A Room With a View
Posted on December 13, 2002 at 5:17 am
Plot: Lucy Honeychurch (Helena Bonham Carter) arrives in Italy with her strait-laced aunt Charlotte (Maggie Smith). Disappointed at not getting the room with a view they had been promised when making their reservations at the inn, they are not sure whether it is proper to accept the offer of Mr. Emerson (Denholm Elliot) and his son George (Julian Sands), staying at the same inn, to switch rooms so they may have a view after all. Reassured by the clergyman, Mr. Beebe (Simon Callow), they agree.
Later, out in the countryside, George impetuously kisses Lucy, and her aunt, horrified, whisks her back to England. There, Lucy is engaged to Cecil, a prissy man, who likes Lucy’s “freshness” and “subtlety,” and kisses her lightly, only after asking her permission. Mr. Beebe says that “If Miss Honeychurch ever takes to live as she plays (the piano), it will be very exciting–both for us and for her.” He clearly does not think the engagement to Cecil is evidence that she has.
The Emersons move into a cottage near the Honeychurch family, invited by Cecil, who does not realize that Lucy knows them. Lucy is distressed, partly because she wanted two elderly ladies she met in Italy to live there, and partly because having George so near is disturbing to her. She does her best to resist her attraction to him and to the passionate reality that he offers, but ultimately breaks the engagement to Cecil, marries George, and returns with him to the room with a view.
Discussion: Lush natural settings have a powerful affect on fictional characters, especially those in love, or wanting to fall in love. In Shakespeare, lovers go to the woods to straighten things out. In the British literature of the 19th and early 20th century, they often go to Italy, which represents freedom from repression, with “Enchanted April” and this film as prime examples. The wheat field where George kisses Lucy is in sharp contrast to the manicured lawns of the Honeychurch home, as the precise and cerebral Cecil is in contrast to the passionate George.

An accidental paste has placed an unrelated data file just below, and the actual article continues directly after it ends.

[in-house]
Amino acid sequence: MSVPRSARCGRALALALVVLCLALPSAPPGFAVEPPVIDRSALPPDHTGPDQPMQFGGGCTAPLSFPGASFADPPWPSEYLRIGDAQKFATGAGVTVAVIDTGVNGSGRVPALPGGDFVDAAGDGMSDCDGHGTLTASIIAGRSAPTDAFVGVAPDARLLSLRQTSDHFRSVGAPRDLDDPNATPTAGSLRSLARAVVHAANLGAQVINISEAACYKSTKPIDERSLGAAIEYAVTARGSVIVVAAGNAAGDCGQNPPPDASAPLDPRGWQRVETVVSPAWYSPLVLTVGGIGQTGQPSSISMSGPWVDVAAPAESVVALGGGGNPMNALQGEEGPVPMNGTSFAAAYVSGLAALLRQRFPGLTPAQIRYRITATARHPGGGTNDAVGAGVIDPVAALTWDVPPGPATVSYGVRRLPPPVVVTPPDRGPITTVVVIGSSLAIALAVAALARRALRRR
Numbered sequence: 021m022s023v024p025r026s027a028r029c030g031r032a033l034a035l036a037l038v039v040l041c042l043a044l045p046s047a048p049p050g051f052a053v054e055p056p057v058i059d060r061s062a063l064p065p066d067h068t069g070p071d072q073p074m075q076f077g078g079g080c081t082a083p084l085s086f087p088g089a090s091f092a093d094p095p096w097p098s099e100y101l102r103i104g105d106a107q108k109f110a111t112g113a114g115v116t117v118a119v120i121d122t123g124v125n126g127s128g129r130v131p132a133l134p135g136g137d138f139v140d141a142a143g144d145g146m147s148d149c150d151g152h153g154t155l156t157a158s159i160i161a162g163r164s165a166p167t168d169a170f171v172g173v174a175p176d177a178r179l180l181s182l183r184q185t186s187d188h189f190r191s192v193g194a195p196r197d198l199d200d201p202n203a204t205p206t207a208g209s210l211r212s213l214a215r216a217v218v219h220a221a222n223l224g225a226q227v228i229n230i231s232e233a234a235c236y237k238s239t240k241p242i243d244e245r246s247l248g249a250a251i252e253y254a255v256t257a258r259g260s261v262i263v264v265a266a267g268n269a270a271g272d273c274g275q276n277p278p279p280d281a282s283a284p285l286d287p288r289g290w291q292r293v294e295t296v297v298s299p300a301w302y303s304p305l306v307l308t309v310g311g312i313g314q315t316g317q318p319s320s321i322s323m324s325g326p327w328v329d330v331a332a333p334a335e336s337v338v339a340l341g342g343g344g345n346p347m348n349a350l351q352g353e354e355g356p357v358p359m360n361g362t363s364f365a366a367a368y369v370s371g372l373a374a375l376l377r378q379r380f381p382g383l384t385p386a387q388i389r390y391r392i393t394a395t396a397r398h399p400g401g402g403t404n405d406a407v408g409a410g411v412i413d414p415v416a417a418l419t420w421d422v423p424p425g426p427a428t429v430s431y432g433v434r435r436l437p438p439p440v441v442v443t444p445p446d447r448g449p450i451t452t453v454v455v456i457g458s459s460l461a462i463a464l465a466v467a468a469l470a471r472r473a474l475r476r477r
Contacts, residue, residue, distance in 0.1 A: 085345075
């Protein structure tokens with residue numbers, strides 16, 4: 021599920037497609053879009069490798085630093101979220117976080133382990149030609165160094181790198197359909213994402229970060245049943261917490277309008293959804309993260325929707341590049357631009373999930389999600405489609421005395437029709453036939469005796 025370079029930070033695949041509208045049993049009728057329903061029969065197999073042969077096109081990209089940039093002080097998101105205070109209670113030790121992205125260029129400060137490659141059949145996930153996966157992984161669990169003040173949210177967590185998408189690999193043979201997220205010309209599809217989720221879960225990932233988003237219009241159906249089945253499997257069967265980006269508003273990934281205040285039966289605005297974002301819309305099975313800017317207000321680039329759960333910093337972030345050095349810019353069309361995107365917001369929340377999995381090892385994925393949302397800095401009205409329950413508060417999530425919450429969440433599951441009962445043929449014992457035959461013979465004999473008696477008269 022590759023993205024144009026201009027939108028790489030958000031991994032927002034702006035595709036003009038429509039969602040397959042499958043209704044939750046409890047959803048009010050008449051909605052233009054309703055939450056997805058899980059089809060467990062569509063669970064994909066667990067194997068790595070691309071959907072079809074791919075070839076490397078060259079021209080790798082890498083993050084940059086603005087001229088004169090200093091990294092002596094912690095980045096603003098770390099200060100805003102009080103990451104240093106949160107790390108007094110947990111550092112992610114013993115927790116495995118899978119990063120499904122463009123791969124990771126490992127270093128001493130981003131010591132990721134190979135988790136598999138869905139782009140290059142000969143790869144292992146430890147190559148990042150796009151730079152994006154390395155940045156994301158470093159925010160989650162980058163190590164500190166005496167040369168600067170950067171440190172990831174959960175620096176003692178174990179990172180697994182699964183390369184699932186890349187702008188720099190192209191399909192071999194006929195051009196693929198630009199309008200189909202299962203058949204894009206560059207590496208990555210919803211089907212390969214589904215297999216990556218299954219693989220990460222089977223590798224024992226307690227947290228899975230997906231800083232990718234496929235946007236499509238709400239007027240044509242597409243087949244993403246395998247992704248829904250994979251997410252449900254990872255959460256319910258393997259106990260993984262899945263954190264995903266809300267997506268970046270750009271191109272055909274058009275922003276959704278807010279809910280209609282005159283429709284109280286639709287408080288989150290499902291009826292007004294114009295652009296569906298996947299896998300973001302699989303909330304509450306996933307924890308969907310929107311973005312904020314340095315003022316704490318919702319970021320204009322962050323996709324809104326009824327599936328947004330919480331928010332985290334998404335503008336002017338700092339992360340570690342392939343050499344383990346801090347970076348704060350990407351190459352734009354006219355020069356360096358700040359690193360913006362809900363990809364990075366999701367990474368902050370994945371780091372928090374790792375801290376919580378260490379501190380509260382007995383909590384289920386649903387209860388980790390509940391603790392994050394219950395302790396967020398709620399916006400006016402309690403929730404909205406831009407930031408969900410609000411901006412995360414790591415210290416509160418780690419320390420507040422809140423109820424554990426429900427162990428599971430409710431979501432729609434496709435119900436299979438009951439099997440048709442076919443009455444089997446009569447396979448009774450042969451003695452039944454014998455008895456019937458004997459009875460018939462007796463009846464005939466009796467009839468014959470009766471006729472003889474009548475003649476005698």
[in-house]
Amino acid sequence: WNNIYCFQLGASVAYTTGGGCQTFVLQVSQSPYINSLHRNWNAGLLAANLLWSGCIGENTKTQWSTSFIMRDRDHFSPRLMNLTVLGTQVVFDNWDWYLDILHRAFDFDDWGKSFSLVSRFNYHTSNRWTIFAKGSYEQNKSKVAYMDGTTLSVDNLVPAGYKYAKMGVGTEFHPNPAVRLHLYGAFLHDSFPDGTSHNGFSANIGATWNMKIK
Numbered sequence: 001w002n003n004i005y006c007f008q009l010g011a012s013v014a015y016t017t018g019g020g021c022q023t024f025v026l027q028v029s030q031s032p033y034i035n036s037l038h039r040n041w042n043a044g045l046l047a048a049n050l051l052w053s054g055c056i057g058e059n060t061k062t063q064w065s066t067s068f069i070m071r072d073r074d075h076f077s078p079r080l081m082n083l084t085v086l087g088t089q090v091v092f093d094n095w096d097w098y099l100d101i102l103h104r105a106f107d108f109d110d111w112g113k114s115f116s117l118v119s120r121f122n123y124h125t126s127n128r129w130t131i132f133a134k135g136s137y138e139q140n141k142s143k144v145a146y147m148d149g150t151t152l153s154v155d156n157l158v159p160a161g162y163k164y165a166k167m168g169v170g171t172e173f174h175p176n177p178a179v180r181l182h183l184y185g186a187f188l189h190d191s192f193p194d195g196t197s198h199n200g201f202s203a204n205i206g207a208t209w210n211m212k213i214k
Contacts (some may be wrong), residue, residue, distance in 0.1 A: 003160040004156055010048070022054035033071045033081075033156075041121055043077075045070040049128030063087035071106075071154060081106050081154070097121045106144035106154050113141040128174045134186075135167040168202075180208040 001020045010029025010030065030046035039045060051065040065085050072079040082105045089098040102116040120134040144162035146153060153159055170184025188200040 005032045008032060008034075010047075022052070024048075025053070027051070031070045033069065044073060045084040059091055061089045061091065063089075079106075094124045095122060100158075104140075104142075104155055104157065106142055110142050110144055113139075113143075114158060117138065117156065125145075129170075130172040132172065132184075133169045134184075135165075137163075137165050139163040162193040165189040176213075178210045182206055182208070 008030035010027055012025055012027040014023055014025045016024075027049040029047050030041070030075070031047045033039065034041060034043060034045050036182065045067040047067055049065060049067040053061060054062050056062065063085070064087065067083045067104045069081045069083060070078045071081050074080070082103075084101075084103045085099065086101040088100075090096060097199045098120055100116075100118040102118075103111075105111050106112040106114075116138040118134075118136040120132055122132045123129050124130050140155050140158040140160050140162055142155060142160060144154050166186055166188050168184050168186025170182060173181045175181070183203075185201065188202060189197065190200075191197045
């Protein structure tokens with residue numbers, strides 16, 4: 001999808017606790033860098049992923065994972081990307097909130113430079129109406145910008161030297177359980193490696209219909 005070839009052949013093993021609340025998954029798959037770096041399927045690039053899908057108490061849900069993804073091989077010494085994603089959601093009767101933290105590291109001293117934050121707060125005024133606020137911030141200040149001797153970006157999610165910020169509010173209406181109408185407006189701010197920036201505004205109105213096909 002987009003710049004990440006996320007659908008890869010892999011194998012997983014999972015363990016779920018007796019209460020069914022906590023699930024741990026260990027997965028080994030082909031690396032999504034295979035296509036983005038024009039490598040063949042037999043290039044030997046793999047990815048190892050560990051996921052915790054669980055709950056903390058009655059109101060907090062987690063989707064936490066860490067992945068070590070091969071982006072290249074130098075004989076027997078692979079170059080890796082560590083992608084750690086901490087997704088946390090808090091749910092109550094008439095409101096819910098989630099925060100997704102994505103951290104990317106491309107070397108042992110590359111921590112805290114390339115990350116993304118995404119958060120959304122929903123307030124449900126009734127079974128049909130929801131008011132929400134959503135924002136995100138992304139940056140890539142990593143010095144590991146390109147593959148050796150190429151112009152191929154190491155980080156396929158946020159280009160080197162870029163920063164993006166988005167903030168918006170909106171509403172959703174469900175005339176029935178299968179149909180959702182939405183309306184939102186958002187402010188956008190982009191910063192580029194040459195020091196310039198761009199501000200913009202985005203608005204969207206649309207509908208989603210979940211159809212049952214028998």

This is a movie about having the courage to face one’s feelings, and to risk intimacy, fully knowing and being known by another person. George never hesitates to take that risk. Cecil, sensitively played by Daniel Day-Lewis as a full character and not a caricature of a fop, has feelings but will never be able to “take to live as (he) plays.” Clearly, he does care deeply for Lucy, but he does not have the passionate nature to respond to hers fully, as George does. As George says, Cecil “is the sort who can’t know anyone intimately, least of all a woman,” someone who wants Lucy as an ornament, perhaps to enjoy her passionate nature by proxy, not realizing that his own proximity is likely to stifle it. George wants Lucy “to have ideas and thoughts and feelings, even when I hold you in my arms.”
Questions for Kids:
· Mr. Emerson refers to a “Yes! And a Yes! And a Yes” at the “side of the Everlasting Why.” What does this mean?
· What leads Lucy to break her engagement to Cecil? What leads her to accept her feelings for George?
· What is the meaning of the title?
Connections: Some of the themes of this movie are reminiscent of movies like “I Know Where I’m Going,” “Born Yesterday,” “Sabrina,” “Breakfast at Tiffany’s,” “It Happened One Night,” and others in which the leading lady ends up marrying someone other than the man she planned to marry, choosing true love and intimacy over comfort and a relationship that seemed safer.
Activities: Teenagers might enjoy the book by E.M. Forster, and some of his other books, including Howard’s End.